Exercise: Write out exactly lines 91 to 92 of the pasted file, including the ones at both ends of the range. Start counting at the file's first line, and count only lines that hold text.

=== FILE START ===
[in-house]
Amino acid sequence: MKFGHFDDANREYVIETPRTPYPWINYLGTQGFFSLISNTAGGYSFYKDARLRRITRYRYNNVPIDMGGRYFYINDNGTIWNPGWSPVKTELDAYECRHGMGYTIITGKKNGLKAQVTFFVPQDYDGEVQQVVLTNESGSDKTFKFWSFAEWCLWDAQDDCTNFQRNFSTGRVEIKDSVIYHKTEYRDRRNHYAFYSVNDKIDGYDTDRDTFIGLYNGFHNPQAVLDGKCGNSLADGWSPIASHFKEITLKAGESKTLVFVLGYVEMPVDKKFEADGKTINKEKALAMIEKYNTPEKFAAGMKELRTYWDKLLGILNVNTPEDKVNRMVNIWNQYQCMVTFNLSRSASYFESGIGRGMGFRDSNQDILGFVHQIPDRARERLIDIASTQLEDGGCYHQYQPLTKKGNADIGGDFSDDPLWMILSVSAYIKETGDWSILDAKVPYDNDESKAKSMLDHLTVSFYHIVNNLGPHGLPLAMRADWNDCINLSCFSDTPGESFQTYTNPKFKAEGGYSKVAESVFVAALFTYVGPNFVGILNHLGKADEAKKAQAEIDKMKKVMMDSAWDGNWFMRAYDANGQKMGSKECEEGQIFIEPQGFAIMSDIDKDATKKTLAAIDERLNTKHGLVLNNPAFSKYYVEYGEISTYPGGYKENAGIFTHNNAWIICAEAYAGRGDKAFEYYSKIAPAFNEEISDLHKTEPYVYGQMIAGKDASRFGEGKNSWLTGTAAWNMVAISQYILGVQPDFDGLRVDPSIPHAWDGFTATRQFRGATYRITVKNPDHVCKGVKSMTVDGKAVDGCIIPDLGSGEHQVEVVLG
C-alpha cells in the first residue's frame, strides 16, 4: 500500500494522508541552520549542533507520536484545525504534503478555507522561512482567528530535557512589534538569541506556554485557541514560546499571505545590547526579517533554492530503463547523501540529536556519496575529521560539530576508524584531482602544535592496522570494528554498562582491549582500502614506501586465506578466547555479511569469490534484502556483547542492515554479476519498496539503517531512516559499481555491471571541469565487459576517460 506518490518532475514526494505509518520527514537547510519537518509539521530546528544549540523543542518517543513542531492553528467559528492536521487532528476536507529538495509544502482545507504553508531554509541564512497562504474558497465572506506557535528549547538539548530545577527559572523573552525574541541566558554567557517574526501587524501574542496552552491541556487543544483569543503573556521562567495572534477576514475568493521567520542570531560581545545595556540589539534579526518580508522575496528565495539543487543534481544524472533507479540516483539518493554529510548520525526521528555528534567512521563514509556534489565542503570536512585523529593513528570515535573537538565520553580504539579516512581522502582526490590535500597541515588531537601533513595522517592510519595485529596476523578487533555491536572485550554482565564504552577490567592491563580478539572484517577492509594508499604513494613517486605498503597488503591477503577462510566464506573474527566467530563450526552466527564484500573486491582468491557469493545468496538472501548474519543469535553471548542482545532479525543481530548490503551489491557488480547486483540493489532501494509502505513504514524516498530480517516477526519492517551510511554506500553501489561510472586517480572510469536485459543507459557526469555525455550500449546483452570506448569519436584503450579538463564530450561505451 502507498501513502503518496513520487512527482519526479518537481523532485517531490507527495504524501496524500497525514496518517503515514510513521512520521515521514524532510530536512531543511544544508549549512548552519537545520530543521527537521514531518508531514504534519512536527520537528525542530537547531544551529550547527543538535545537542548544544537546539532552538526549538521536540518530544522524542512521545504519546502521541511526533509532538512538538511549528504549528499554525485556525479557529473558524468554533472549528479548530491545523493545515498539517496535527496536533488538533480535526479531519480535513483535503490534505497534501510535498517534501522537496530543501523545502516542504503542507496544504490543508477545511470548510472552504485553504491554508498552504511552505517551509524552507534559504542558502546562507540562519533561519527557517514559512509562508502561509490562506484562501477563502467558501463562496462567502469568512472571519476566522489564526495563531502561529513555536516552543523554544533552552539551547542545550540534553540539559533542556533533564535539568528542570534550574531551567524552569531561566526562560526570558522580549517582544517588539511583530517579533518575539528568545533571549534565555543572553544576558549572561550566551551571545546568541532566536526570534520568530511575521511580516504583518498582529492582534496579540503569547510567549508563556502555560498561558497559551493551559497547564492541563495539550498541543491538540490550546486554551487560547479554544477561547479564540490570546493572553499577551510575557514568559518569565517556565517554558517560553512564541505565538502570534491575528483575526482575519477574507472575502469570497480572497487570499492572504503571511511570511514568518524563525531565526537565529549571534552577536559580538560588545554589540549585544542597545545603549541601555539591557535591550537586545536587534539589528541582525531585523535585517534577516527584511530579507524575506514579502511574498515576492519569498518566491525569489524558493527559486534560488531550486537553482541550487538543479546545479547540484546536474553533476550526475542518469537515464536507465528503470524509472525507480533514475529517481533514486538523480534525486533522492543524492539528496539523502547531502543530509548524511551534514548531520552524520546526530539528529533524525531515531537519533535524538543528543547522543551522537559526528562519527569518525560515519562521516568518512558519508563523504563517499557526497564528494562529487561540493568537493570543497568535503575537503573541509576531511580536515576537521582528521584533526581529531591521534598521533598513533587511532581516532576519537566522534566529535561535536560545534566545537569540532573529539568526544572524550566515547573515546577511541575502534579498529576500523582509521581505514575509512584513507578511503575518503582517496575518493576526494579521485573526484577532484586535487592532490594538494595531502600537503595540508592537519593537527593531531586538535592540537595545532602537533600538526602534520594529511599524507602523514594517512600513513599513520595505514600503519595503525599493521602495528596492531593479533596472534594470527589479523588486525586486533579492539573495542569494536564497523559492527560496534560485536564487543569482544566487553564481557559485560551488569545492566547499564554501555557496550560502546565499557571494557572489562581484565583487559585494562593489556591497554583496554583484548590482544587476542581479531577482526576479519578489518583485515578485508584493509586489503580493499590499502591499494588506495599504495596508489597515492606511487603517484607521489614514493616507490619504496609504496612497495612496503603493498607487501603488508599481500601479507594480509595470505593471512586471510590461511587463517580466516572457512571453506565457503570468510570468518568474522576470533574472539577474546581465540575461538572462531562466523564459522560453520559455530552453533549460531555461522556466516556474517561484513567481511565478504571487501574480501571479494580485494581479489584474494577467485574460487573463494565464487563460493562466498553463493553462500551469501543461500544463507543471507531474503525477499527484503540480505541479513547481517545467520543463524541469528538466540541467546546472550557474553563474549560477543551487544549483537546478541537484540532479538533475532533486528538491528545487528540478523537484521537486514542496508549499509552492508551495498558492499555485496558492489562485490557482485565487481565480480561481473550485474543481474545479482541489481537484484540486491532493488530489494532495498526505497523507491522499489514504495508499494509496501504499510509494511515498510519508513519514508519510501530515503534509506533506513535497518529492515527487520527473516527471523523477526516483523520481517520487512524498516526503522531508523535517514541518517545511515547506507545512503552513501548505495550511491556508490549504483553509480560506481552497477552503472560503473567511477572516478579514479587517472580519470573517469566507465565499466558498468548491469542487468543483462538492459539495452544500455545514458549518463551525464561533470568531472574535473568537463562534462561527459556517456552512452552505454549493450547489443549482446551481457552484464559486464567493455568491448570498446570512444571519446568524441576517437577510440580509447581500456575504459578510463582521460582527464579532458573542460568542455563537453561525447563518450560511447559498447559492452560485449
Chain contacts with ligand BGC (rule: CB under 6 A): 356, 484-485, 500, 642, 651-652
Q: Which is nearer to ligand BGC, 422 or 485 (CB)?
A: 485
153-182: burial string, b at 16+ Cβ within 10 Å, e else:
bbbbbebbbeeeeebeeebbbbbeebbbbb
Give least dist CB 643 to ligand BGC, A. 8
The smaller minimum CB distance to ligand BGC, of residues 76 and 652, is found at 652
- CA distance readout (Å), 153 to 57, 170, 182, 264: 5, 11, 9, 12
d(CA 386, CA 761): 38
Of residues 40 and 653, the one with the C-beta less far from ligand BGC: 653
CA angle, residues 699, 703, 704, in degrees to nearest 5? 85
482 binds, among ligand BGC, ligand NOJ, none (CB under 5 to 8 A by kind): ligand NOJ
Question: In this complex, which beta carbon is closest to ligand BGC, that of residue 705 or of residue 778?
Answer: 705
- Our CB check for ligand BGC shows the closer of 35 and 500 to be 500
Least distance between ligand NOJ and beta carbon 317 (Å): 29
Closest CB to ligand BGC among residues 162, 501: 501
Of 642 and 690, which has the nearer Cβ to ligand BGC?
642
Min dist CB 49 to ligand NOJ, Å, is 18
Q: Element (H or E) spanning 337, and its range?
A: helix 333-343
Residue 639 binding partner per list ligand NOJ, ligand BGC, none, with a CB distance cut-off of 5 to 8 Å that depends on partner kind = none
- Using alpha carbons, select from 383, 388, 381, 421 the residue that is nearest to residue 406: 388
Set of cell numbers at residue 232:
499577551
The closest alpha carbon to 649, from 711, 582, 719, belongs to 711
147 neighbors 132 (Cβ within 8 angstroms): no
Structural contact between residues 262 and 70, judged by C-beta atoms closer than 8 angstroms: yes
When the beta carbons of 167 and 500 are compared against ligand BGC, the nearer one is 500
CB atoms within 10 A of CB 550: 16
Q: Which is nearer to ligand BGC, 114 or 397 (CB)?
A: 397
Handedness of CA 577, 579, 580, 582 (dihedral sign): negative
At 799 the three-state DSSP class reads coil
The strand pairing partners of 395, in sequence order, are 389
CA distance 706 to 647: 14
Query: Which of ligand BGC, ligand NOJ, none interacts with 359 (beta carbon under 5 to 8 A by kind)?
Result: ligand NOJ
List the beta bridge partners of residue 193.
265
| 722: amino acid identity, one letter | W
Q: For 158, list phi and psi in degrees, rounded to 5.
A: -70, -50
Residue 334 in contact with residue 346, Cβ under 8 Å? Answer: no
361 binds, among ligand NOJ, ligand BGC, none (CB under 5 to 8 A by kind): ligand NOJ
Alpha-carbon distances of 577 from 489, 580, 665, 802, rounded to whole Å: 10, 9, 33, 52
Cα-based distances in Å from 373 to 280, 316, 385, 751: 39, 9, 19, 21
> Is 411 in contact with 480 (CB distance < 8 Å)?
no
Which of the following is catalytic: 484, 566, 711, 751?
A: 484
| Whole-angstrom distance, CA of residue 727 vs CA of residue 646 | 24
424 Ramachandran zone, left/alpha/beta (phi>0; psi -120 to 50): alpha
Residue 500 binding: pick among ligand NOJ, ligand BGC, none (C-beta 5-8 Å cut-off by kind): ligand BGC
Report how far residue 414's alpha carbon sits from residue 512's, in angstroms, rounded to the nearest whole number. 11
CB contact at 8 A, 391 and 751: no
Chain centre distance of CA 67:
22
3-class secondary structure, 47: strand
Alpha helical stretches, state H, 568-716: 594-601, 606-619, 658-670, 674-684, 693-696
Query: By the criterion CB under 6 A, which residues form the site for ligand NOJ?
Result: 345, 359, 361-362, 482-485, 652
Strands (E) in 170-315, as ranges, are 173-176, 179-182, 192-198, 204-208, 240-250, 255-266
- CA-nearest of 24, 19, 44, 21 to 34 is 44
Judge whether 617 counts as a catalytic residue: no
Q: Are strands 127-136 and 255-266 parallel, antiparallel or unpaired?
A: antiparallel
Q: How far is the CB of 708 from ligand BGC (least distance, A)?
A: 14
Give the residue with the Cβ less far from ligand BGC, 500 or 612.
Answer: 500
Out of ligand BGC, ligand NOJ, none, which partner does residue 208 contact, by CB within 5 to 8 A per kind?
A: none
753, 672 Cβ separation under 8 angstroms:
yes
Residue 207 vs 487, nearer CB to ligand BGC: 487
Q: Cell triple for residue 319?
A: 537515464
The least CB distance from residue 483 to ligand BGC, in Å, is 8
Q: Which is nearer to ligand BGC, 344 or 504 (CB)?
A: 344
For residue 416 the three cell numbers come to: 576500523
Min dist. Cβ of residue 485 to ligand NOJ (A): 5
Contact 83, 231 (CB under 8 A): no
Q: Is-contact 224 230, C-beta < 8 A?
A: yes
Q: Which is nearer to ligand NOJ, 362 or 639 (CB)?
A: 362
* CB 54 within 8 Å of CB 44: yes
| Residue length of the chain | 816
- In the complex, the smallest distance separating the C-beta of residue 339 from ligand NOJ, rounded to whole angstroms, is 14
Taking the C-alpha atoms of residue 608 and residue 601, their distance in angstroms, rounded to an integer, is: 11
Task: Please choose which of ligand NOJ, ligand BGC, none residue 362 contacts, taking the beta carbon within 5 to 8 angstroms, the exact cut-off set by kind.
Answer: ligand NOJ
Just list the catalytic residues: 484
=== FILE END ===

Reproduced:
Q: Which is nearer to ligand NOJ, 362 or 639 (CB)?
A: 362